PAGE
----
I was lucky enough to take Friday off from work.
Originally, my wife and I had planned to travel to see my cousins who were encamped in Brigantine, a small seaside community just a dice's throw from Atlantic City. I seldom get to see family, and this was to be a rare gathering. Cousins were flying in from Boca, San Francisco and Santa Monica. There would be a dozen of us in all.
Unfortunately, at the last minute, my wife's jury-duty obligations extended an extra day. And rather than being able to getaway to the Jersey shore on Friday, and thus beat the always horrific traffic that clogs virtually every road in the tri-state area, we awoke at 5:30 Saturday morning and hit the road by 6:15.
As my cousin Howard said when we arrived at around 9, "I didn't know the Lincoln Tunnel was open that early going to New Jersey."
That's the kind of weekend it was in a nutshell. A wonderful cacophony of silly jokes, life-updates and rose-colored memories. Oh. And lots of eating, though there were times, almost inexplicably that we went as long as two hours without sitting down to a meal.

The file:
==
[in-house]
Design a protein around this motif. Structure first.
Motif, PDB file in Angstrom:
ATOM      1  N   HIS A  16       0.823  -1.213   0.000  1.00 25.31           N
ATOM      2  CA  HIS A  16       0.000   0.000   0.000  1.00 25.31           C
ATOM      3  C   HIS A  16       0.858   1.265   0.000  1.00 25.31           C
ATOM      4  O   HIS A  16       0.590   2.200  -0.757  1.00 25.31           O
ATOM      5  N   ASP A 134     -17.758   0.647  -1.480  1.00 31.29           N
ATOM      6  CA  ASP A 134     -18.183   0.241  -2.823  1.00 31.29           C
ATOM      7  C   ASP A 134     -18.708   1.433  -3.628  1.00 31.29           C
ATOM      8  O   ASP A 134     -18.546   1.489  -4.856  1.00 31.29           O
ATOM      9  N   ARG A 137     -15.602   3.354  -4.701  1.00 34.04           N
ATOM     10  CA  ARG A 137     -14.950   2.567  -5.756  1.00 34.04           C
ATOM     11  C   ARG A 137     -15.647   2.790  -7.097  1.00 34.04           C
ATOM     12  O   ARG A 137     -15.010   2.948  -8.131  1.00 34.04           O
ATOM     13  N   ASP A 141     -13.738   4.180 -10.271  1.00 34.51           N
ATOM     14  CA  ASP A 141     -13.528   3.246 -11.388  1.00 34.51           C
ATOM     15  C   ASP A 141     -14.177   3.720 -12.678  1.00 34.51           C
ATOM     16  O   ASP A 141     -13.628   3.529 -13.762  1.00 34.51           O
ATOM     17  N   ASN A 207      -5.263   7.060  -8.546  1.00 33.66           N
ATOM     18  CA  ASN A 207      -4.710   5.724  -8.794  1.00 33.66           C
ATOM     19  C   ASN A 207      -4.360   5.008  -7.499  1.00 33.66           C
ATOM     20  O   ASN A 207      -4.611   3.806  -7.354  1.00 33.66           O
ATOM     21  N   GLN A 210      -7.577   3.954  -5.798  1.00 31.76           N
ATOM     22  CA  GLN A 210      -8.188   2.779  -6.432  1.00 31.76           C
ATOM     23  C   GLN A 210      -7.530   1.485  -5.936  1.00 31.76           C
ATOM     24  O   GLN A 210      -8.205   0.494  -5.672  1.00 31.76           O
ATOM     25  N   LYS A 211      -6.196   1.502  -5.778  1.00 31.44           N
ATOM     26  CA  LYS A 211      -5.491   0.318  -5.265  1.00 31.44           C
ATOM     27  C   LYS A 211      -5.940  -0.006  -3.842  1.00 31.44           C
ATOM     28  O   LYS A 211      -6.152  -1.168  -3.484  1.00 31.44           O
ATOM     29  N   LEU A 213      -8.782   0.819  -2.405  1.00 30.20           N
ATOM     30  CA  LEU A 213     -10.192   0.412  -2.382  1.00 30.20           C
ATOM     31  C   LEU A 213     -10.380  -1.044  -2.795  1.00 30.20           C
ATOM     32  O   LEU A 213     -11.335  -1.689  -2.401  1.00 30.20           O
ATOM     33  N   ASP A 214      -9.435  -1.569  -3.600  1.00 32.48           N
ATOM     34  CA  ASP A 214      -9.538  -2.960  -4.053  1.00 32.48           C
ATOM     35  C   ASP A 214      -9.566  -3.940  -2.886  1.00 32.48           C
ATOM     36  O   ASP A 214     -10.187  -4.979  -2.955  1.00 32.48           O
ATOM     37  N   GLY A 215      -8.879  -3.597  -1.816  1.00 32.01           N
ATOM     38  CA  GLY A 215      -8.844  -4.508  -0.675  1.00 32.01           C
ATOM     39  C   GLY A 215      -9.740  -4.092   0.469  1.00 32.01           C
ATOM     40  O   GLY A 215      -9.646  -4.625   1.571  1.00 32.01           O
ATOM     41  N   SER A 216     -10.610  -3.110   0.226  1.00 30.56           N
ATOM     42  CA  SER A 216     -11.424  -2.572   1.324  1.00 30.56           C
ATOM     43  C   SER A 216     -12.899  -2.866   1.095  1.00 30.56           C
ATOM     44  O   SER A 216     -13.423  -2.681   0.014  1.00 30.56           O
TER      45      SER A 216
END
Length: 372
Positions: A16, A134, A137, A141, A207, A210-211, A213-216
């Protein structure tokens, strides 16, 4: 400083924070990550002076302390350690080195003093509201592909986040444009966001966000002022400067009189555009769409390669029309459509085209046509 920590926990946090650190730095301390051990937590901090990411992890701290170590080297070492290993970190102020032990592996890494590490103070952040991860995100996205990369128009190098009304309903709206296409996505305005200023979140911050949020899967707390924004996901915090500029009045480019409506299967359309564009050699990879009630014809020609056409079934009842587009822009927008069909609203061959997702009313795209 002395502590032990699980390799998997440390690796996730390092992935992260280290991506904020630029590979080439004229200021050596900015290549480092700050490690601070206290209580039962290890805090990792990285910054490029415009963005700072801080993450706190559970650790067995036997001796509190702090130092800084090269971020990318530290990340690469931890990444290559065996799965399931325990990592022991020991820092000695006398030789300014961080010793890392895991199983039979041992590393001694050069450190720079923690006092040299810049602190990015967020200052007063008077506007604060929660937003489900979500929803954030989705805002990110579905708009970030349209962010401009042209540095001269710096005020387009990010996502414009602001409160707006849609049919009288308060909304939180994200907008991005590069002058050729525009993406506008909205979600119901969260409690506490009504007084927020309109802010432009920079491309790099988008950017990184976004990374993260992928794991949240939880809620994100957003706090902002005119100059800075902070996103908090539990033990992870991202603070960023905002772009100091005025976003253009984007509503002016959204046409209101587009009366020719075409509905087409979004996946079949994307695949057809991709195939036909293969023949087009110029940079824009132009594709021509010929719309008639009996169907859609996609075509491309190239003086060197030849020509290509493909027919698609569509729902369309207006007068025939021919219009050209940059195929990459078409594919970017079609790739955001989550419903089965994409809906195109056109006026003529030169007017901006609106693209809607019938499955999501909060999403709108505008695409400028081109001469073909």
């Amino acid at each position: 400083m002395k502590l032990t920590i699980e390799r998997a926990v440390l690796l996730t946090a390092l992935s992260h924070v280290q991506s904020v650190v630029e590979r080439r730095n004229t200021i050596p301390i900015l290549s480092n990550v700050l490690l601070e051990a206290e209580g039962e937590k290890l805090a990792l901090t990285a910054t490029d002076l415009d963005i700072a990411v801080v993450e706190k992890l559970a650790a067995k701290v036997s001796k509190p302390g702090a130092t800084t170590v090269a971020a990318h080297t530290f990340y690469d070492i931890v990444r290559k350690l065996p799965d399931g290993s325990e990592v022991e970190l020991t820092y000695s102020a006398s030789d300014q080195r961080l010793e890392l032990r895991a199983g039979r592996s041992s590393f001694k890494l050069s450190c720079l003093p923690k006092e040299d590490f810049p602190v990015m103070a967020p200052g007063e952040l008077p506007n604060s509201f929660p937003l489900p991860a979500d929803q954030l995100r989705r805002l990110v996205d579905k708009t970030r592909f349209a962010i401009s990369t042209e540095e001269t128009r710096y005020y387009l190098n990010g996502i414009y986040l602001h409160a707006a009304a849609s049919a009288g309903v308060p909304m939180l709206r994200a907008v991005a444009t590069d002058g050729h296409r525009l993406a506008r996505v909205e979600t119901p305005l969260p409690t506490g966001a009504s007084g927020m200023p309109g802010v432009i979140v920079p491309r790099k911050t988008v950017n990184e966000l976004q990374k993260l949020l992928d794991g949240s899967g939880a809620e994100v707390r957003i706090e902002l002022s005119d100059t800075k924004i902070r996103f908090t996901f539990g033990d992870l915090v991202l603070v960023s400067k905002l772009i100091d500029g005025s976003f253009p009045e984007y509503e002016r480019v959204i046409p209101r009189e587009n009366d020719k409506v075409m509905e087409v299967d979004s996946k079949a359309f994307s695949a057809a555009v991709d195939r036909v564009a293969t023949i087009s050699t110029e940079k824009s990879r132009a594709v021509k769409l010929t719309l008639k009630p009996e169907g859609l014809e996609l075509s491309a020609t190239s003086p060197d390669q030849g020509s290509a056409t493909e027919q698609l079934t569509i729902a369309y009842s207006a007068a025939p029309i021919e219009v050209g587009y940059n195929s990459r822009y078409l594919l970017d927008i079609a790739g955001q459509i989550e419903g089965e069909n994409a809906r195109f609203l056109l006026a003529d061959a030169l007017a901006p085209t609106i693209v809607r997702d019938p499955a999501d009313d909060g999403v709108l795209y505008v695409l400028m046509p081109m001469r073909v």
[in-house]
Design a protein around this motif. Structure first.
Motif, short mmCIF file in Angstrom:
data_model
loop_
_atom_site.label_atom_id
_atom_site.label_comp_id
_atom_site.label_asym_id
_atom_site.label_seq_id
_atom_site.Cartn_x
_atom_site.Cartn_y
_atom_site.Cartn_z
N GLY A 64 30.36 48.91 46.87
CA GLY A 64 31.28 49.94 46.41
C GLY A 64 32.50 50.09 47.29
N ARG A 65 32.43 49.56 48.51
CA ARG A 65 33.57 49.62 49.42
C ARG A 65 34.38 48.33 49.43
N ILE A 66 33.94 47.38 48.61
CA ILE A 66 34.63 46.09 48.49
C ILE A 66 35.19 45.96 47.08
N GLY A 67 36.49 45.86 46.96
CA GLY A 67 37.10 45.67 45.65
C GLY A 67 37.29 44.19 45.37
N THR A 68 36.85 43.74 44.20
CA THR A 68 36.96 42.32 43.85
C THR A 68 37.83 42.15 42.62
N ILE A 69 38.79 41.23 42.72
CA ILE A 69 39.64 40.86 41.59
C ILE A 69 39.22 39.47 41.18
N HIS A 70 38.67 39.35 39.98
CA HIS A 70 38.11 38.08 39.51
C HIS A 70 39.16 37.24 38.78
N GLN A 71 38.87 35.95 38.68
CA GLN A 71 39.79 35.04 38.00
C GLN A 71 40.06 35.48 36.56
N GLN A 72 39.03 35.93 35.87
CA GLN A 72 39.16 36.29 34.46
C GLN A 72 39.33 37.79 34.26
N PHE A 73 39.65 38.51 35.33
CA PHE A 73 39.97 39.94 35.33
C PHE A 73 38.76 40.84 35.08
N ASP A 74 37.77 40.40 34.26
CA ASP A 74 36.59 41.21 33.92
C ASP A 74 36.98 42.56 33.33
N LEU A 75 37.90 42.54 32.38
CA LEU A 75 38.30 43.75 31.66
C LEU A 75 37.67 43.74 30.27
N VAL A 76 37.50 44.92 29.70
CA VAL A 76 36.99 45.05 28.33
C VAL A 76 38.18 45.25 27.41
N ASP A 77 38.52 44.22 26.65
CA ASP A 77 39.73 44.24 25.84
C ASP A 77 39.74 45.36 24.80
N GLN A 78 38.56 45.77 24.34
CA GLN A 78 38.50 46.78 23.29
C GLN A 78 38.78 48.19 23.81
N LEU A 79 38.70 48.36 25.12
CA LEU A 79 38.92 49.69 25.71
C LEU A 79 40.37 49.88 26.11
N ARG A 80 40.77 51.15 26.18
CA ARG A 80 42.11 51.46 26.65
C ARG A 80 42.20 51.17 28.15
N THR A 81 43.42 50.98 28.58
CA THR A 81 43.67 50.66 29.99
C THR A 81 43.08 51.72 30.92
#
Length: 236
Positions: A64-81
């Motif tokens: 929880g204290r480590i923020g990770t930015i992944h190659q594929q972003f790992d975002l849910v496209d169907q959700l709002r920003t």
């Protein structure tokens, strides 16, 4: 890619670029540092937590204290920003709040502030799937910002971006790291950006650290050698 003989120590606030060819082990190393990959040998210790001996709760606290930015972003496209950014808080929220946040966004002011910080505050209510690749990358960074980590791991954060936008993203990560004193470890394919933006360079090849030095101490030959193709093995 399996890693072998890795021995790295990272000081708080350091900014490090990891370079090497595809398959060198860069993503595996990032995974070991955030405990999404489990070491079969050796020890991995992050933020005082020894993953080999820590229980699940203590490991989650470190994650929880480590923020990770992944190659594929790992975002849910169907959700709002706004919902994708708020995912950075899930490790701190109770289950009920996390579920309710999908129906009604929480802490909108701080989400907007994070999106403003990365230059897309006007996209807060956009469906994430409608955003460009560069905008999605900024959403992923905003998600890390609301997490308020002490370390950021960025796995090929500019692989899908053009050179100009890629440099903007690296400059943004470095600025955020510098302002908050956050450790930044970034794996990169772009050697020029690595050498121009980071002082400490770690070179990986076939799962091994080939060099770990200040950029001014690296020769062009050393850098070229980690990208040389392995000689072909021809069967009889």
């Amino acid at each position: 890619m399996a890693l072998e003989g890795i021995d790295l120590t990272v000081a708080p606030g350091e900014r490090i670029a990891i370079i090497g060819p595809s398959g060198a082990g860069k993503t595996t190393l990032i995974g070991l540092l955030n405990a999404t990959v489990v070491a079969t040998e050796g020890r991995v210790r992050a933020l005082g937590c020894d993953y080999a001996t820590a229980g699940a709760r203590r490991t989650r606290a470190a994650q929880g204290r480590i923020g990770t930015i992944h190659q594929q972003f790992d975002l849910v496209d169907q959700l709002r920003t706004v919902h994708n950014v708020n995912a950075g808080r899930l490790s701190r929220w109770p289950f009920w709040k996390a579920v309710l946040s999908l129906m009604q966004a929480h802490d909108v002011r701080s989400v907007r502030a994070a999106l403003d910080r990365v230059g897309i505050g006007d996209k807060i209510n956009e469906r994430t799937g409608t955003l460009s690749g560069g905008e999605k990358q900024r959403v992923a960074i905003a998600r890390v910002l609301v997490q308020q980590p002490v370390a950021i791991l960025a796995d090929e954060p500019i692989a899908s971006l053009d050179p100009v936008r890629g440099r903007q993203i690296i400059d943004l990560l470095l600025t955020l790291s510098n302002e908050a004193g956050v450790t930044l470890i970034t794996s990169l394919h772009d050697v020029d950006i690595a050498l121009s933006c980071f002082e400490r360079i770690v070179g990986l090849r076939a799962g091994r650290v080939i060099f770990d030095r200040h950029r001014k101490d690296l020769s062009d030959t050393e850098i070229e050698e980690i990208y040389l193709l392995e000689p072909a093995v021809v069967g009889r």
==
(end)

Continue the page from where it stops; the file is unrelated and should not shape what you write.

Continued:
I grew up with virtually no family save for the people we visited this weekend. My father was estranged from his brothers and my mother was estranged from reality as well as her three sisters and one brother. So, I'll admit, I never knew the joys and travails of extended families. I never got to experience and enjoy the love and the nuttiness.
Over the years, thanks to the cousins I visited this weekend, I've gradually learned. Family doesn't come naturally to me, but I am learning, and, I suppose getting better at it. Proof of that is we played mini-golf. 11 of us.
Sadly, my kids weren't able to make it to the reunion. My eldest, Sarah, was at a gigantic convention of psychologists in Toronto, where she was presenting a paper she and a partner had worked on. And my youngest was off in the Grenadines somewhere, leading a dozen teenagers 100-feet underwater while teaching them how to scuba dive. Maybe next year.
There's a sickness in our industry now where we crave fictional outward signs of our success. Not only do we all seem to crave awards like addicts crave crack, we even get awards for winning awards.
They've never mattered to me, awards. I've yet to do an ad or a communication where I've given it less than my best. After that, you let the chips fall where they may.
The awards, or rewards, come from weekends like the one I just had.